Wednesday, October 6, 2010
Though I have been looking for part-time jobs and have some promising prospects, I am gradually becoming a little bit more nervous about my financial situation. I have savings - gifts from relatives from over the years given for holidays and birthdays, extra savings here and there from summer jobs. I was a relatively frugal kid/teen and my parents took care of paying for my food/clothing so I didn't need to spend a lot of money. But now, well, I am paying for almost all my expenses, BUT I don't have a job!
On the one hand I feel like I should consider myself lucky - I don't have student loans to worry about paying back like many of my friends. Scholarships greatly reduced my college tuition and my parents could afford to pay the difference and were kind enough to do so. But even though I don't have to worry about loans, it's hard watching my savings gradually disappear - mostly to rent and health insurance and the cost of therapy. Rent is sort of an unavoidable expense as long as I want to live on my own (and as long as I want to remain close to my friends and therapist). Health insurance is also a necessary and unavoidable cost. And that leaves therapy - oh, therapy. And I start to wonder, should I be cutting back? Am I working hard enough in treatment to warrant going so frequently and spending so much? What if I don't deserve it because I don't make enough of my frequent visits? Cue guilt and anxiety.
My therapist is definitely inexpensive as far as therapists go, and though insurance is not accepted, I can submit payment claims and my health insurance will reimburse me for part of the cost. Though the amount that insurance pays for mental health related expenses is probably far from on par with that paid out for "regular" health expenses, in the grand scheme of insurance, my coverage and reimbursement is amazingly generous. (Isn't that messed up? The fact that mental health coverage is often so limited that, even though my rate of reimbursement is probably less than that provided for "normal" care, it still seems amazing?). Yes, I probably could have found somebody in network. But could I have found someone in network who specializes in treating OCD? Kind of unlikely. And trust me, I tried - or rather the frustratingly ignorant employee health social worker I first sought help from tried. He searched to find someone who specialized or had experience in treating OCD for me, and even he had difficulty locating anyone in-network who definitively treated the disorder. By the time I had gone to see him a few times and by the time he offered me referrals of questionable expertise, I was so desperate that I couldn't wait any longer. I went out of network because I didn't have anymore time to waste. My quality of life was deteriorating so fast that I needed help ASAP. (The limits of mental health coverage, as well as the lack of knowledge about OCD even among mental health professionals, are both topics that probably warrant whole separate blog posts. I'll stay off my soap box for now...).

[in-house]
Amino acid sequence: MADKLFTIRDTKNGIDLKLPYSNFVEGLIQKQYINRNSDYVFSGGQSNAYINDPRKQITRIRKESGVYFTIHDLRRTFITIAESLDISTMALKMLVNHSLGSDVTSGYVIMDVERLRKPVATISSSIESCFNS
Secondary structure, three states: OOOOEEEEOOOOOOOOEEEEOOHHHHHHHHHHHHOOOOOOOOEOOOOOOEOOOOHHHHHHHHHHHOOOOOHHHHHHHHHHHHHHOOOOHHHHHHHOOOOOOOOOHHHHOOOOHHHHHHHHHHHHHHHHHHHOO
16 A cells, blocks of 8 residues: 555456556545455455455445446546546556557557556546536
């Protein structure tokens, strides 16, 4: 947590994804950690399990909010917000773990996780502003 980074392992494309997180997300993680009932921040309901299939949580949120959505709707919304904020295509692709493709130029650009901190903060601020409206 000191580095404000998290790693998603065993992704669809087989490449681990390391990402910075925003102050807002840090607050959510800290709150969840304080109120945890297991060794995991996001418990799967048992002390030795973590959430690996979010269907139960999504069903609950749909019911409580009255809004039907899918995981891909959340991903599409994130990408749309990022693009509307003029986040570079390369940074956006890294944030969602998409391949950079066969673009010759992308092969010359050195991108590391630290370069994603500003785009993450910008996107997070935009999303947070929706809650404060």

Anyways, I have to eat. I have to have a roof over my head. I need health insurance (and it helps pay for my therapy costs), so that leaves therapy and the bothersome worry of whether or not I am working hard enough to warrant going so frequently and spending as much money on it as I do. Throughout the fall and spring I was not only going to therapy up to 2 times/week, but I was also sometimes paying for home visits, which were always incredibly helpful, since the my highly nuanced and home environment-specific contamination cues were sometimes hard to accurately capture and develop exposures for in the office. Once I went on disability (I used to have a full-time job) because I wasn't getting better at a rate fast enough to maintain the duties of my job, I switched to 1 session/week for a while, but I often found myself getting stuck between sessions, making no further progress until I could address those problems at my next appointment, and sometimes getting worse in the meantime. So I am again going twice a week. But I still wonder...do I deserve this? Do I need to find a way to push myself more to warrant going so frequently? Do I really need this?
This is all compounded by what are probably other OCD fears (fears that I have discussed with my therapist now and then as they have waxed and waned in the background of my primary contamination concerns) like "What if I am intentionally avoiding getting better?" When I still had a job, it was sometimes, "What if I am just trying to get out of work and am making this all up (the OCD, that is)?" Or, "What if I am not putting as much effort into getting better as I should be?" And occasionally it has been, "What if I just like talking to my therapist and am just going to hang out and talk?" And now it is, "Am I really working hard enough to continue going twice a week, even if I feel like it probably helps?" Or, "Am I intentionally prolonging my OCD and not trying harder to get better because I am afraid of working full-time again and/or like having an excuse not to?"